Original Research

Psalm 5 and the polarity between those who may stand before Yahweh and those who may not

Philippus J. Botha
HTS Teologiese Studies / Theological Studies | Vol 74, No 1 | a5087 | DOI: https://doi.org/10.4102/hts.v74i1.5087 | © 2018 Philippus (Phil) J. Botha | This work is licensed under CC Attribution 4.0
Submitted: 08 May 2018 | Published: 06 September 2018

About the author(s)

Philippus J. Botha, Department of Ancient Languages and Cultures, University of Pretoria, South Africa


Psalm 5 is often described as an example of a prayer of someone who has been falsely accused of wrongdoing. Based on the contents of the middle part of the psalm, its wisdom features and especially the parallels it forms with Psalm 1, it is argued in this article that the editors of the Psalter attempted to present the psalm as a prayer of David at the time of his flight from Absalom. In this prayer of the endangered king, he (prophetically) pronounced judgement on the actions and attitudes of his opponents and respectfully entrusted himself to the care of Yahweh. In its literary context, the psalm was therefore probably meant to censure arrogant and irreligious compatriots of the editors, because they exploited fellow Jews, and also to provide hope and encouragement to those exploited members of the in-group.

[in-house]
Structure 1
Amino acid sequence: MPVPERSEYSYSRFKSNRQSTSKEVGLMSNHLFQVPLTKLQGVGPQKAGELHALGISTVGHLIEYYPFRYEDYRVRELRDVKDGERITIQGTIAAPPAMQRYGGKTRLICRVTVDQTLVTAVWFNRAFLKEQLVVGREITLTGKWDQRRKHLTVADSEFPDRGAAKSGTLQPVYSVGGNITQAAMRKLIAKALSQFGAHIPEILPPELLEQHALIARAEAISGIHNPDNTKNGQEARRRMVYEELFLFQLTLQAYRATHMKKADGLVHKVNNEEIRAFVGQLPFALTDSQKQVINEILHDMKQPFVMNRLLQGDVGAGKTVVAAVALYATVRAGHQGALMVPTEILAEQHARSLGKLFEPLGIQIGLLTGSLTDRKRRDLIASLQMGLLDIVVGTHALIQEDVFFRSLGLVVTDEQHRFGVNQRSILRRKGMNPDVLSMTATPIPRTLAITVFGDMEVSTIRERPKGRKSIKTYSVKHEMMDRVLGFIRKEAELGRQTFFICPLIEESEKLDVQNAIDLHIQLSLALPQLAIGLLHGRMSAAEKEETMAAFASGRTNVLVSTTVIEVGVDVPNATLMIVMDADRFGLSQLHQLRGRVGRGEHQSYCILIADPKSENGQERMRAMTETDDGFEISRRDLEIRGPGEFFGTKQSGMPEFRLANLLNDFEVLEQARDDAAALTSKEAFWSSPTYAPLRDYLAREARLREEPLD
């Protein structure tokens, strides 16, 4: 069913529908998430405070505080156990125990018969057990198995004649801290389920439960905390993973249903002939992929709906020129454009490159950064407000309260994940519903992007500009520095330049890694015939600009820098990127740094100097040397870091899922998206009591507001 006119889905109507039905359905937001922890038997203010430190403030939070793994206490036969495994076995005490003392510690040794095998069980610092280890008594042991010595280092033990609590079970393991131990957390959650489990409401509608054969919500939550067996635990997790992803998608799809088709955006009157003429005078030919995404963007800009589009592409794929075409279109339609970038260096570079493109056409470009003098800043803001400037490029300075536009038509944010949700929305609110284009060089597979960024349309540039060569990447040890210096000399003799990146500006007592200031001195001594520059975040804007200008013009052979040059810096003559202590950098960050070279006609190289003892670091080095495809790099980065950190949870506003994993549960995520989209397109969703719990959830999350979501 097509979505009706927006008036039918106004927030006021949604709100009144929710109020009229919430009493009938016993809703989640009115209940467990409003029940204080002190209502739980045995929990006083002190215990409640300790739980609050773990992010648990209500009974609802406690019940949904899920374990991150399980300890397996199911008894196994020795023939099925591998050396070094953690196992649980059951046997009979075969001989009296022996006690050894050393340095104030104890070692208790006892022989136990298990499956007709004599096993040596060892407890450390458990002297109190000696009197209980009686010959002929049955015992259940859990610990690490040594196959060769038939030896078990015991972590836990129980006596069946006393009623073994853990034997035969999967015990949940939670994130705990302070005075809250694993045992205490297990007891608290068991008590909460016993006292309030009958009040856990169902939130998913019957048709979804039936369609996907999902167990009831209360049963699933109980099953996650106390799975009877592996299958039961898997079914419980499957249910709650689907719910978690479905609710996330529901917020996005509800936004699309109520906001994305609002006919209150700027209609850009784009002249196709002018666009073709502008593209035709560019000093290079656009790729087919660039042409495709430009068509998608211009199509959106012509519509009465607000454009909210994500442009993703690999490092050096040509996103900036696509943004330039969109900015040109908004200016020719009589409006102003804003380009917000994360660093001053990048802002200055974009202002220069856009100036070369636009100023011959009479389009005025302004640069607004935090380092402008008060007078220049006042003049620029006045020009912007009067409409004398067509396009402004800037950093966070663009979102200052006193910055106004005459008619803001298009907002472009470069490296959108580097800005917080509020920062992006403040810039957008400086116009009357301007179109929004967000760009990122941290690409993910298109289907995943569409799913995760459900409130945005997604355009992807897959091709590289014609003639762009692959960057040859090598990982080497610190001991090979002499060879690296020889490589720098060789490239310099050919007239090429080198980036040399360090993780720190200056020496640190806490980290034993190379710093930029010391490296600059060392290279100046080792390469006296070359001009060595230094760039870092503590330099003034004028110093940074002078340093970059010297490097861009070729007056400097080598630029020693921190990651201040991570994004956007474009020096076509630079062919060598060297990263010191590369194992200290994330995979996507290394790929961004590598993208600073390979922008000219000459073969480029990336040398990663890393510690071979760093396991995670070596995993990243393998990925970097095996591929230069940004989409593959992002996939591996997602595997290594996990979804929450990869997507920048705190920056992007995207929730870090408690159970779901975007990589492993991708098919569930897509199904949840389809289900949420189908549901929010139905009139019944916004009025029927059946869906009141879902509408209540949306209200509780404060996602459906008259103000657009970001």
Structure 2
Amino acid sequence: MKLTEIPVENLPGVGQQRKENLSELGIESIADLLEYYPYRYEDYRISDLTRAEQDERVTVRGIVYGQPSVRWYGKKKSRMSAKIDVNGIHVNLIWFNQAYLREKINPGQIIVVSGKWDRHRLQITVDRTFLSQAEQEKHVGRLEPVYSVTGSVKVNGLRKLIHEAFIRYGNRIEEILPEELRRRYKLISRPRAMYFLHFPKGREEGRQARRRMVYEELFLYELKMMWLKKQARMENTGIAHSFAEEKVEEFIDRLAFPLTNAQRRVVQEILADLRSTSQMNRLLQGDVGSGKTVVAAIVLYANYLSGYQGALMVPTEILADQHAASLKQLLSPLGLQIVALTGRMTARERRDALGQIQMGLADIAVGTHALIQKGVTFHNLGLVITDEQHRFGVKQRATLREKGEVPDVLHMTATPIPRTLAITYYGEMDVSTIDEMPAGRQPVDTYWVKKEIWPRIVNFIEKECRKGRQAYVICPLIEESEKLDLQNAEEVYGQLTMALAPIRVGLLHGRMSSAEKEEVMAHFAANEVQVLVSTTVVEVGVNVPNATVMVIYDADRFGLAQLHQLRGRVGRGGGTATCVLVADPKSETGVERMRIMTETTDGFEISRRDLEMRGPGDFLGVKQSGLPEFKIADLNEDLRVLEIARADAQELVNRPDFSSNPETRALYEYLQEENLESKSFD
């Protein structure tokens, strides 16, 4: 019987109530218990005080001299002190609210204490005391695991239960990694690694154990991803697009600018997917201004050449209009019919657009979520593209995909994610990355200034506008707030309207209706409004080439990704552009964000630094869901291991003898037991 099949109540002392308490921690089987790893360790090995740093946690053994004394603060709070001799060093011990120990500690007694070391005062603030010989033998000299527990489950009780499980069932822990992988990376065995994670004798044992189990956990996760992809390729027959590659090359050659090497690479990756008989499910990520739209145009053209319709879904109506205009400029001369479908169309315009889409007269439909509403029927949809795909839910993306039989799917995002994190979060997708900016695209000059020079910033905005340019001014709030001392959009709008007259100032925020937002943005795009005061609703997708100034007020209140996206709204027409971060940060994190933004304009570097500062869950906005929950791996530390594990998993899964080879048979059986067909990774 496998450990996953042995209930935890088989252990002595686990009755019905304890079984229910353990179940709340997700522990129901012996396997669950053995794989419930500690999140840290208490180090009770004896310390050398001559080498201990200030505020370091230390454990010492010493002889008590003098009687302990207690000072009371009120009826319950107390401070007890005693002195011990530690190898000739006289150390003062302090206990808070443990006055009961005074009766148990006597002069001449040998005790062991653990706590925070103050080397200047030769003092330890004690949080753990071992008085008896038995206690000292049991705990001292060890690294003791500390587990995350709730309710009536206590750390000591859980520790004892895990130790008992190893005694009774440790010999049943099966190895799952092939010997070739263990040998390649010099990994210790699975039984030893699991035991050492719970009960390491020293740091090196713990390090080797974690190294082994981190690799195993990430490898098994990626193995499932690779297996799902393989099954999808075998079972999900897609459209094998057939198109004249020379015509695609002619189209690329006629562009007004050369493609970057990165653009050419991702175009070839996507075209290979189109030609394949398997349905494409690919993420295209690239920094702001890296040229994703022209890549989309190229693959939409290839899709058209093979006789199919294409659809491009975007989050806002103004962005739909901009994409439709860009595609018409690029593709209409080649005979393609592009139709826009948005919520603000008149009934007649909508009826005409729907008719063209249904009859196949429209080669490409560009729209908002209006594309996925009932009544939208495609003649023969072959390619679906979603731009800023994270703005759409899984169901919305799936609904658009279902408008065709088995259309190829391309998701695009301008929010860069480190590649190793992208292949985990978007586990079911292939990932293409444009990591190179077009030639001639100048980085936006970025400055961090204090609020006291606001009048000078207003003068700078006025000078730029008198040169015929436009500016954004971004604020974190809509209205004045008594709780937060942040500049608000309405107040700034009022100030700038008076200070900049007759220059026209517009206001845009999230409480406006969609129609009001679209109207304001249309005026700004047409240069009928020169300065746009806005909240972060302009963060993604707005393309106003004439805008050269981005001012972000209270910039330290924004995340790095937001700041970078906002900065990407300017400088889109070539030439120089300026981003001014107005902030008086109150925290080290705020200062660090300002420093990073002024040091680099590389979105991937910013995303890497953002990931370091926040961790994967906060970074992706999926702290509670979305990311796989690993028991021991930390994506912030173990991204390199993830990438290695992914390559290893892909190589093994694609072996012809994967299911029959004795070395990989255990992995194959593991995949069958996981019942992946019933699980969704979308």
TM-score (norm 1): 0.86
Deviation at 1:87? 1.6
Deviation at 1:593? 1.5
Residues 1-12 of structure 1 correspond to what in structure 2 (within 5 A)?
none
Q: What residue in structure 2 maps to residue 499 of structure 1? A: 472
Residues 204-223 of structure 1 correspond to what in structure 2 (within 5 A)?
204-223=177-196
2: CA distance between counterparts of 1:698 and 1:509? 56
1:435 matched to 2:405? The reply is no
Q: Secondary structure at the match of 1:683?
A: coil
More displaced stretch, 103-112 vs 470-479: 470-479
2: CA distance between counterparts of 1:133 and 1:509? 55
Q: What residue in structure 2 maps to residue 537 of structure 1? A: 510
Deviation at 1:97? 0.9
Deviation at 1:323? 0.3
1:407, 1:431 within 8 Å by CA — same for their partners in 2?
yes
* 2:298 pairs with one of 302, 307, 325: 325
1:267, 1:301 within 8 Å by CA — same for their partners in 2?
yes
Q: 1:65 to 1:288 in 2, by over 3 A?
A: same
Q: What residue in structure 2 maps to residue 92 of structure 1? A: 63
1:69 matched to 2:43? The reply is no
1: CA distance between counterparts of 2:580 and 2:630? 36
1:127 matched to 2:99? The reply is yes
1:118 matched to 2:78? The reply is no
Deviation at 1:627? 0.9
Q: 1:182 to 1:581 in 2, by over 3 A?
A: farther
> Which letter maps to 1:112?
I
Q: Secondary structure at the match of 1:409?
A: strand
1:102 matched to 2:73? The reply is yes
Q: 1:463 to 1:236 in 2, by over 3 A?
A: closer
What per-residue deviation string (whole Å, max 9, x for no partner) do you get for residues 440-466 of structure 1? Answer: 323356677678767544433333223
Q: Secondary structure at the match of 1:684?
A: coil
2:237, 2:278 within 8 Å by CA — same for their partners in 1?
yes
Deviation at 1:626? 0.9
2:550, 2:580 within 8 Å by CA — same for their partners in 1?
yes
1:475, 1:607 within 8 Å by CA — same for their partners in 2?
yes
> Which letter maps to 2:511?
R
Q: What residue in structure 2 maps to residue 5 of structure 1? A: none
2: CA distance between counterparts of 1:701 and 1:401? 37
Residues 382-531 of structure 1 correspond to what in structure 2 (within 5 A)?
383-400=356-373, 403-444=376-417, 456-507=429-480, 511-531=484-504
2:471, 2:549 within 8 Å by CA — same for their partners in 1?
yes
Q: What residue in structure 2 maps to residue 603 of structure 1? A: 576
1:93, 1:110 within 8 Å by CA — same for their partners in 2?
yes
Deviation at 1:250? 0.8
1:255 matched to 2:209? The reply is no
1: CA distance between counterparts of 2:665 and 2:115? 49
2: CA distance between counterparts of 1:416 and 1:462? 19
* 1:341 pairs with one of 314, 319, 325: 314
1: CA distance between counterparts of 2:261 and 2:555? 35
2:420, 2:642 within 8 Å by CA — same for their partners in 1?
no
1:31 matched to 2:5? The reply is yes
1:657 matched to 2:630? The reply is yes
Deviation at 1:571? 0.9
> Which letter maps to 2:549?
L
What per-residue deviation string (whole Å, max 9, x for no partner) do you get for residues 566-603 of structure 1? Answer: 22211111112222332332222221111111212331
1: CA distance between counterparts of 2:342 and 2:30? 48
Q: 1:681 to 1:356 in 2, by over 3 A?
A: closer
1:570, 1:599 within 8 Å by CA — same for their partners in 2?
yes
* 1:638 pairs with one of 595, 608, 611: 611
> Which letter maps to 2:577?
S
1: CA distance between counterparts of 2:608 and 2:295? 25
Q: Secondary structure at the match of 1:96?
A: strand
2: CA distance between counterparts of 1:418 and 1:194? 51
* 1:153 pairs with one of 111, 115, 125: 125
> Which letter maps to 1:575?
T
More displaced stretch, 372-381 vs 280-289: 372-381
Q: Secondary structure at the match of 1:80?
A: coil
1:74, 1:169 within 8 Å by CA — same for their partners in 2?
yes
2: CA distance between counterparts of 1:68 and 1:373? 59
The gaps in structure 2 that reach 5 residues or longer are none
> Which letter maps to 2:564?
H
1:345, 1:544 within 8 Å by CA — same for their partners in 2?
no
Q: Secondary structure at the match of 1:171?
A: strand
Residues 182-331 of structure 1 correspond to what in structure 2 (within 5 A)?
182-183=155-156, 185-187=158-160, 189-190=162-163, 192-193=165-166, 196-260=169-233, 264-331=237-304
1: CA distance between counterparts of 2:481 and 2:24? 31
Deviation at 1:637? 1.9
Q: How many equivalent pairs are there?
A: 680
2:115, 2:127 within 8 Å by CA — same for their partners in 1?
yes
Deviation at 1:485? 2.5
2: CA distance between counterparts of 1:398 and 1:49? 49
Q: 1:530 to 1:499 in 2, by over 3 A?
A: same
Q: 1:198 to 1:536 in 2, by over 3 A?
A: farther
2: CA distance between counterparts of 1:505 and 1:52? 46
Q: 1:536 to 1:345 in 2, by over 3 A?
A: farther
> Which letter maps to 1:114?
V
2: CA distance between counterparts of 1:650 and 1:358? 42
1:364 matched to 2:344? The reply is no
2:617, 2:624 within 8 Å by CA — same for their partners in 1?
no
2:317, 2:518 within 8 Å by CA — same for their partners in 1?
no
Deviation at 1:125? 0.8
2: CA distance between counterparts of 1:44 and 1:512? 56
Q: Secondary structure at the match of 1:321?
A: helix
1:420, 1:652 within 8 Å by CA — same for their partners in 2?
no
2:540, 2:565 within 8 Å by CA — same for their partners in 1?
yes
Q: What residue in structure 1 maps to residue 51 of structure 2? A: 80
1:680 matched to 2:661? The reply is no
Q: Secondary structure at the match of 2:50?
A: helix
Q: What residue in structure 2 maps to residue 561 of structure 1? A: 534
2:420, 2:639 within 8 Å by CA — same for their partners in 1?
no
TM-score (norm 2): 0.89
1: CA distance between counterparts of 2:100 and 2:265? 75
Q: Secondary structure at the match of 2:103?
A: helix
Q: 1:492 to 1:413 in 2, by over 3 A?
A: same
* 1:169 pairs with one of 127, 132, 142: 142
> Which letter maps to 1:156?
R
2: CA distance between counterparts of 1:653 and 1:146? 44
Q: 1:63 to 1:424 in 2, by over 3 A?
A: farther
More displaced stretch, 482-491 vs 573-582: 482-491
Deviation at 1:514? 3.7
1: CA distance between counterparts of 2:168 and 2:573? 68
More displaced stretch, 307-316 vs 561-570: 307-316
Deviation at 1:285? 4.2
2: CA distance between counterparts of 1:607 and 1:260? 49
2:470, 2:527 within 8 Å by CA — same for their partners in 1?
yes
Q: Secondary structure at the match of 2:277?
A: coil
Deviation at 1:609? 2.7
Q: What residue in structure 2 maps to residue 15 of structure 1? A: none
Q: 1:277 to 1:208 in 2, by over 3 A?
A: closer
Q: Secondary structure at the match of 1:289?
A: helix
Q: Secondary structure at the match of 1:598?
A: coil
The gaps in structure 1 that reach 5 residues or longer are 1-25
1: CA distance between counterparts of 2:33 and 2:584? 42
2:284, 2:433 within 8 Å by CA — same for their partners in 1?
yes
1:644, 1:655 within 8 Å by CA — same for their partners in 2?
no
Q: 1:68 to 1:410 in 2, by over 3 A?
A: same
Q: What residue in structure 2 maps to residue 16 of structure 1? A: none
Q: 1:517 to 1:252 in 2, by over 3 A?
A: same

Psalm 5; Psalm 1; wisdom features; polarity; editing of the Psalter


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